Restaurant tenants should not be afraid to negotiate assertively on the rental rate. So why do restaurant tenants have such difficulty in this area? Frequently, the answer is a simple unawareness of market rental rates (or the “going rate”) in an area.
Let us explain. Suppose the leasing agent or landlord wants you to pay $25 per square foot on new lease space (or even on a lease renewal). However, you know that every other tenant in the building is paying rent ranging between $18 to $20 per square foot. Armed with this information, you would have no difficulty justifying your negotiations would you?
Restaurant tenants often mistakenly believe that the agent or landlord wouldn’t dare ask for more rent than the space is worth. Consider, however, that the landlord is paying the leasing agent commission not just to lease the space, but to lease it for the highest rent possible – and to the best tenant available. Commercial landlords justifiably want to maximize the return on their real estate investments, which is entirely acceptable.
Here are eight strategies for lowering the rental rate on commercial leases:
Talk with Other Tenants in the Building
You can learn a lot about the landlord’s property management practices, how tenants are treated, how approachable the landlord is and so on by approaching current tenants. Tenants will often tell you whether they plan to stay or move, if their rent is excessive and other inside information only existing tenants know about.
Even if you’re in love with one property, conspicuously seek out other options as it pays to create competition for your tenancy among several landlords in one geographical area. Leasing agents and landlords will often soften on asking rental rates when they realize you have sought out leasing options. Remember that you are the customer. Don’t hand the landlord your tenancy on a silver platter – make him/her earn it.
Let the Landlord Make the First Offer
It’s much easier to negotiate when you see the business terms on paper. Suggest that the leasing agent or landlord e-mail you the Offer To Lease. Typically, the deal will never get worse than the first Offer or Proposal presented so you can measure your negotiating progress by comparing where the deal started and where it finished. Frequently, the first Offer is padded with room for negotiation – so never accept the first Offer outright.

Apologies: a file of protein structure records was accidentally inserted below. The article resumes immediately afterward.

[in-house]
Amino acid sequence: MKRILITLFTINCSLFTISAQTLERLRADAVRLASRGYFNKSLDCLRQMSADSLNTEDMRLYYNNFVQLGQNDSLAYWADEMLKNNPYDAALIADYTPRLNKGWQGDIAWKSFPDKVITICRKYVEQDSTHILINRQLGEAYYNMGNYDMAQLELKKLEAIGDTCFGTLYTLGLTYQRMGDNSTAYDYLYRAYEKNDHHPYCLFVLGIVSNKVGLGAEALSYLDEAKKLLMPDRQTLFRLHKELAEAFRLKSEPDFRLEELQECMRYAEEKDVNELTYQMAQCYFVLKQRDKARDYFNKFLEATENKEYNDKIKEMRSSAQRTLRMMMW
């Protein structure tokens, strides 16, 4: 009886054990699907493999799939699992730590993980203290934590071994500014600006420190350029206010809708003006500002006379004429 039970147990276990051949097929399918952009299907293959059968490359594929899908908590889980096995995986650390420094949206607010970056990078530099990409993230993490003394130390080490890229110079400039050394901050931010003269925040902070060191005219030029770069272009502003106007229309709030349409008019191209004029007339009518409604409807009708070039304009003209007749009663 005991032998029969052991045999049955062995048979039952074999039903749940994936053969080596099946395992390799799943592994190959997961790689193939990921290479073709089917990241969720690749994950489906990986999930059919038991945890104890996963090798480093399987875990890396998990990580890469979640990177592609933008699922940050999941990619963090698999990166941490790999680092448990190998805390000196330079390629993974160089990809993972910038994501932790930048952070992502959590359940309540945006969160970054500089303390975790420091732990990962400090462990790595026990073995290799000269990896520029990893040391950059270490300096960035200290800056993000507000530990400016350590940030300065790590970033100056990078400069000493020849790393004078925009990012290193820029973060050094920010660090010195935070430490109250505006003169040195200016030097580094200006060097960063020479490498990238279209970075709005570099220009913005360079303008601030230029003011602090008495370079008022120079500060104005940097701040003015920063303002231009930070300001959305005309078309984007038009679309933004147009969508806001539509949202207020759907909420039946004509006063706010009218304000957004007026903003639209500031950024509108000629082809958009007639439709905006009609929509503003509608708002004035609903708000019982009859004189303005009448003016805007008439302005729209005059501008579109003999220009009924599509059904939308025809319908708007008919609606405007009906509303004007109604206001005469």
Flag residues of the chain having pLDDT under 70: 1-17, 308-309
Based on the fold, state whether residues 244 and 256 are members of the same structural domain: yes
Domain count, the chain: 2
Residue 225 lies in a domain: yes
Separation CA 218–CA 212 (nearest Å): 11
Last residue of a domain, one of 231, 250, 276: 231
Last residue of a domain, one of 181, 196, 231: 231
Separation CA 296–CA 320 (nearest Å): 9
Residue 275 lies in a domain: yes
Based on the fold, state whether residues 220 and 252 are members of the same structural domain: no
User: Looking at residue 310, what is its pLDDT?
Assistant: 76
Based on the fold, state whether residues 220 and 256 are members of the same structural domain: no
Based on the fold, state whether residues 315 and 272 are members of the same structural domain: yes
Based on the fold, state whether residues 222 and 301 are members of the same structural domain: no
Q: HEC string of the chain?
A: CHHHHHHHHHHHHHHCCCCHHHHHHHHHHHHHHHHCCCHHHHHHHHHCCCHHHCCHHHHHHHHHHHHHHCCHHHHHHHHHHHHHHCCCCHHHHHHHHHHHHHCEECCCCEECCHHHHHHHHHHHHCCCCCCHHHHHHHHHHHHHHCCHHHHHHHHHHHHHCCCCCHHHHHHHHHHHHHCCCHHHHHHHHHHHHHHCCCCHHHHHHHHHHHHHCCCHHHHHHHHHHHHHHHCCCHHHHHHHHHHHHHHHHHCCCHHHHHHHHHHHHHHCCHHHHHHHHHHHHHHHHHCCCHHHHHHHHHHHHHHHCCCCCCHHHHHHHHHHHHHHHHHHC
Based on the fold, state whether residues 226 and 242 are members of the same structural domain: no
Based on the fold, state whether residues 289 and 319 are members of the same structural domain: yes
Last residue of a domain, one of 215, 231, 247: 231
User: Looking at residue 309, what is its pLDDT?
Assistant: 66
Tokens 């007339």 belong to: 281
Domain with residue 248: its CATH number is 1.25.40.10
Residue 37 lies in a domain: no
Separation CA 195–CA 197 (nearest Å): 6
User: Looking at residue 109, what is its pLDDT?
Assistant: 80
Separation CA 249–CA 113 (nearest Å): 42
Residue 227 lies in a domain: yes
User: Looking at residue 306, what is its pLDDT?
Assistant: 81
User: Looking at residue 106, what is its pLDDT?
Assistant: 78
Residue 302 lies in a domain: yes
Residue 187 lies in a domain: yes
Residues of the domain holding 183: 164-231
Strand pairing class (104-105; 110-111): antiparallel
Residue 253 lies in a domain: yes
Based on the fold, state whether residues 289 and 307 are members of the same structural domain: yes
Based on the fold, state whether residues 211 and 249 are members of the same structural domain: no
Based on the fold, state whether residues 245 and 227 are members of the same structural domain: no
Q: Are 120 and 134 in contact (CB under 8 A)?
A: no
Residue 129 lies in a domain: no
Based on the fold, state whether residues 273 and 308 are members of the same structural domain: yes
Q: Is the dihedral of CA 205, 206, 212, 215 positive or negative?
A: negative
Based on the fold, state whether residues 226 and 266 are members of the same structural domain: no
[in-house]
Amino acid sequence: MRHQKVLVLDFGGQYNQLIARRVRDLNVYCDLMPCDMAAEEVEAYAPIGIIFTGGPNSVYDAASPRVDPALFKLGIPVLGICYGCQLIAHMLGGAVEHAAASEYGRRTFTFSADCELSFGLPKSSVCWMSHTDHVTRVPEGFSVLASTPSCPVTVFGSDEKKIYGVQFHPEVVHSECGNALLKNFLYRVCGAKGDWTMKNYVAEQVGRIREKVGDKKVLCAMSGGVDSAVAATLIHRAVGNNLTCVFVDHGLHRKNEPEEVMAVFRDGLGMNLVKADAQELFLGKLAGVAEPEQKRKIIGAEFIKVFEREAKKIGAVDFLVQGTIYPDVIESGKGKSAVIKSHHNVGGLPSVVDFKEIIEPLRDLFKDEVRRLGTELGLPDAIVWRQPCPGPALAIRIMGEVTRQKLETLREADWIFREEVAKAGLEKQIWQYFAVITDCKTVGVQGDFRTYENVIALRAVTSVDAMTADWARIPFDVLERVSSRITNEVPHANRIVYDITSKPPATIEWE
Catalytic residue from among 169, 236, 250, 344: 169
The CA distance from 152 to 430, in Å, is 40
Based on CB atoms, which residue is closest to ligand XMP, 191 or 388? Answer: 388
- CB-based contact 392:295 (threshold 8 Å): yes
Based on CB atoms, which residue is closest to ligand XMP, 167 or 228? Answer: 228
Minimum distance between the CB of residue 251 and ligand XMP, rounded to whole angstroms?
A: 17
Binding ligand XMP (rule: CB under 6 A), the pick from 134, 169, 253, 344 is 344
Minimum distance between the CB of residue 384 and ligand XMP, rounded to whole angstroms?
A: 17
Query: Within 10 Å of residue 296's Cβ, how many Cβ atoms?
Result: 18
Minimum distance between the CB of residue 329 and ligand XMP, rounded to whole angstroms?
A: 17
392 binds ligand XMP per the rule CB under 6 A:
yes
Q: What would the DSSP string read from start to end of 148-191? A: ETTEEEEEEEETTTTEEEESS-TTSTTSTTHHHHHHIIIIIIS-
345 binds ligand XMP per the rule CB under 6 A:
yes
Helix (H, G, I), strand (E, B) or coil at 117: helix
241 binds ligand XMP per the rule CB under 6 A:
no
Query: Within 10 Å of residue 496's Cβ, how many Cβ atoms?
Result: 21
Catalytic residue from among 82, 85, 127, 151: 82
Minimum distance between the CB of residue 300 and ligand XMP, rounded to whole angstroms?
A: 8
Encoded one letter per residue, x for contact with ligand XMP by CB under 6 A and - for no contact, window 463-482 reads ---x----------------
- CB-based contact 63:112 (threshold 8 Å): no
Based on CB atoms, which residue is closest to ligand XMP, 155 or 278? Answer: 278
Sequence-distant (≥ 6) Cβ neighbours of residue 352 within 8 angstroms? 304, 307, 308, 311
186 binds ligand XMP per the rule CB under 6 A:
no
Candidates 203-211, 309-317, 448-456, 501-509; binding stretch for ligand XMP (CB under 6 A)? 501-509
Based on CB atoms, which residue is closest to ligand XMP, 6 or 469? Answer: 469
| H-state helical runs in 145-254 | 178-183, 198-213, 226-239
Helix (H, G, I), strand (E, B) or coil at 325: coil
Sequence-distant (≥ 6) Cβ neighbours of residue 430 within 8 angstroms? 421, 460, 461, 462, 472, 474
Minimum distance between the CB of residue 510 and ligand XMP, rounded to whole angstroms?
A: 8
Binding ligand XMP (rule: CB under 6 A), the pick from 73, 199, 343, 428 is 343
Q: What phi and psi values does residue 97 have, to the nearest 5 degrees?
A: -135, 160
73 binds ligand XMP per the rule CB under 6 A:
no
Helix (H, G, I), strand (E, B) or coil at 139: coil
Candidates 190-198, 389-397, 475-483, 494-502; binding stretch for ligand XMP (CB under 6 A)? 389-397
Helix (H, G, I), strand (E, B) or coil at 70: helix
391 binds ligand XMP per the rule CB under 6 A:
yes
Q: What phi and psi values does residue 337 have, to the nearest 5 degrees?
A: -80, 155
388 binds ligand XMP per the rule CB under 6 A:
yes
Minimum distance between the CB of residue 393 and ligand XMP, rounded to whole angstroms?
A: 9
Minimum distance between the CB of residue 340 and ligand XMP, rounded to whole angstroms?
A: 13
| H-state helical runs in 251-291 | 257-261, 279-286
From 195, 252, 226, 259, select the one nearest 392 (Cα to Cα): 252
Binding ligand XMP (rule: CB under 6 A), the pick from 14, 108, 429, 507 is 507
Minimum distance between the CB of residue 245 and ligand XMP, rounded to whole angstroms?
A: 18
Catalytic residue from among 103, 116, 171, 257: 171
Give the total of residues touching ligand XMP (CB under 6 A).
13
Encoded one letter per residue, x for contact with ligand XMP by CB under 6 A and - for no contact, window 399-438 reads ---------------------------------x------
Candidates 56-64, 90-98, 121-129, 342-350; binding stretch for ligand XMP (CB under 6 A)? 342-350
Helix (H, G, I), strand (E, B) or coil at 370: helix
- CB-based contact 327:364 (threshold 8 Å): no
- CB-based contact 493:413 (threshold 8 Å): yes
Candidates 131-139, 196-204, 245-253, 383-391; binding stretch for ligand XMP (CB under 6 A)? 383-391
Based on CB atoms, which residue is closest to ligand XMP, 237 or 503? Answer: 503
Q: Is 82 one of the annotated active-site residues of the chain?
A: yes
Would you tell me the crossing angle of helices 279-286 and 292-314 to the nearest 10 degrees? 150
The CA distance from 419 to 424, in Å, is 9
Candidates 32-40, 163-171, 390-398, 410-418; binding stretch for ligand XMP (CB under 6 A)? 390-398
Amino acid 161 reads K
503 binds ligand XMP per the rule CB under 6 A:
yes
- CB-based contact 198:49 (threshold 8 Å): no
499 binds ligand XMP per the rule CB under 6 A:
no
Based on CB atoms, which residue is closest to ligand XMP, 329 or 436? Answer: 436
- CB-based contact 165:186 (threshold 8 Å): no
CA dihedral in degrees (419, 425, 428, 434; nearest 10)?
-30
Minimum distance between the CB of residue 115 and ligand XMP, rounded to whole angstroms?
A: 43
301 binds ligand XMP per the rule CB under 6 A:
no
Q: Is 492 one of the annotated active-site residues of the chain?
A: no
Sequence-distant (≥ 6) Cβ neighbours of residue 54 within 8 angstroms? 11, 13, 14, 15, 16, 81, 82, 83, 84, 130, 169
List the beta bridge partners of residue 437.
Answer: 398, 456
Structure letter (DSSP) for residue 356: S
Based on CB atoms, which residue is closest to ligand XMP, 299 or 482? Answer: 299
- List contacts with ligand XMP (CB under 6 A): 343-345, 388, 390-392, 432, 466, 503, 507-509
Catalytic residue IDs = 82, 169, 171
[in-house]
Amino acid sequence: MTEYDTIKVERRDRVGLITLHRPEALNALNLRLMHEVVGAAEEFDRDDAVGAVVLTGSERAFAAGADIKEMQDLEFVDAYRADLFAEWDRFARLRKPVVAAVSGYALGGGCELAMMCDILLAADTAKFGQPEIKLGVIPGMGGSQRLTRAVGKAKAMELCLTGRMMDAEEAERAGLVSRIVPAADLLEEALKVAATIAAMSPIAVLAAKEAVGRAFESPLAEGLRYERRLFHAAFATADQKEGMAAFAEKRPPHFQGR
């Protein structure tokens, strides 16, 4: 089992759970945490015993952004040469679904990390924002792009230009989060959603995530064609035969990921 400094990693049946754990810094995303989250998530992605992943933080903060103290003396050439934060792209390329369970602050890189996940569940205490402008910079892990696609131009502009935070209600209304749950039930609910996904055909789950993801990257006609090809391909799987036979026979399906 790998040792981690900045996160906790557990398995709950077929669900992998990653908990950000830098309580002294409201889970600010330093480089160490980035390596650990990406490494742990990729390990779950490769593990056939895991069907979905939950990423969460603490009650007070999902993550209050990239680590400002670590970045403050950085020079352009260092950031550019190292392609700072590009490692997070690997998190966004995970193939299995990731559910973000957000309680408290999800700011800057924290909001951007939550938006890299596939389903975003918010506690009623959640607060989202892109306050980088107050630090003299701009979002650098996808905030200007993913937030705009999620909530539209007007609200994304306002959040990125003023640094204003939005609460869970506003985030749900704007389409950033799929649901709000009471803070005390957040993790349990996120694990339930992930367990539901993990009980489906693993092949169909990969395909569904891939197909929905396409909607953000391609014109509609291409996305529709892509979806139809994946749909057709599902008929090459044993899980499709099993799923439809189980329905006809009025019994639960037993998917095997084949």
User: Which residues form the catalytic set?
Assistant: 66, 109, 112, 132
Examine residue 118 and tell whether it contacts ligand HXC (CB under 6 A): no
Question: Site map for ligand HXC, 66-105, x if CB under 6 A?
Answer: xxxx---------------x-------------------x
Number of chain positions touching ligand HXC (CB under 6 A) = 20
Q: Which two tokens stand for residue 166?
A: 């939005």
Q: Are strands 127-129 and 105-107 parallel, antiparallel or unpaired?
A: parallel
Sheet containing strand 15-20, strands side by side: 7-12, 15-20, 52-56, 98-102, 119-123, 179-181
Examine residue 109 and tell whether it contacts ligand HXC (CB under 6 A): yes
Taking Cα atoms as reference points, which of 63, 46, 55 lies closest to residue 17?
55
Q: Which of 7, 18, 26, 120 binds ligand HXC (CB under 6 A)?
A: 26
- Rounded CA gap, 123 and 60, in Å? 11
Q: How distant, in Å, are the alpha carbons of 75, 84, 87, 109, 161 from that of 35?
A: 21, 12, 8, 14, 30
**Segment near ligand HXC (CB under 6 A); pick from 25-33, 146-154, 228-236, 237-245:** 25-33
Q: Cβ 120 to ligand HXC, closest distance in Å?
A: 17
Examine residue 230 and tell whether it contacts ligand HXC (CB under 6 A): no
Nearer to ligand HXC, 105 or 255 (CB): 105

No matter what rental rate you’re offered, flinch a little. Act surprised that the rent is so high. Frequently, the agent’s first offer is made to test you, to see exactly how you react. If you look visibly relieved or even pleasantly surprised by how reasonable the rental rate is you can be sure it won’t come down.
Ask for Justification
Question what other tenants are paying, specifically those who have recently moved in or renewed their leases. This is called the prevailing rate. When you learn that a tenant is paying $25 per square foot don’t stop asking questions there. Inquire about the incentives they received. How many months of free rent or how much tenant allowance money did the landlord give the tenant so they would agree to pay $25 per square foot?
Wait to Counter-Offer
When you receive the leasing agent’s first Offer to Lease (or lease proposal) don’t counter-offer right away. If you have no fear that the space will be leased to someone else it can often work to your advantage to wait a few days. Even let the allocated response time lapse so you can counter-offer on your terms. Agents know that tenants can be influenced by artificial deadlinesthat are just that – artificial. When making your counter-offer you can do so by way of a separate letter stating your terms, or by changing the original document, initialing the changes, signing it and sending it back.
Walk Away from the Negotiating Table
If, after receiving the landlord’s most recent counter offer, you determine the terms will still not work for you, advise the landlord or their agent you are going to take some time to consider it further or explore other options. We have effectively done this for our clients and seen the rental rate drop by more than $10 per square foot from the landlord’s original asking price.
Offset the Rent with Other Incentives
Sometimes the landlord won’t budge on the rental rate. This is not the end of your negotiations. Frequently the landlord will concede other incentives such as free rent or more tenant allowance dollars in order to achieve his/her rental goals. If you can’t bring the rent down can you get the incentives increased?
For a complimentary copy of their CD, Leasing Do’s & Don’ts for Commercial Tenants, e‑mail DaleWillerton@TheLeaseCoach.com.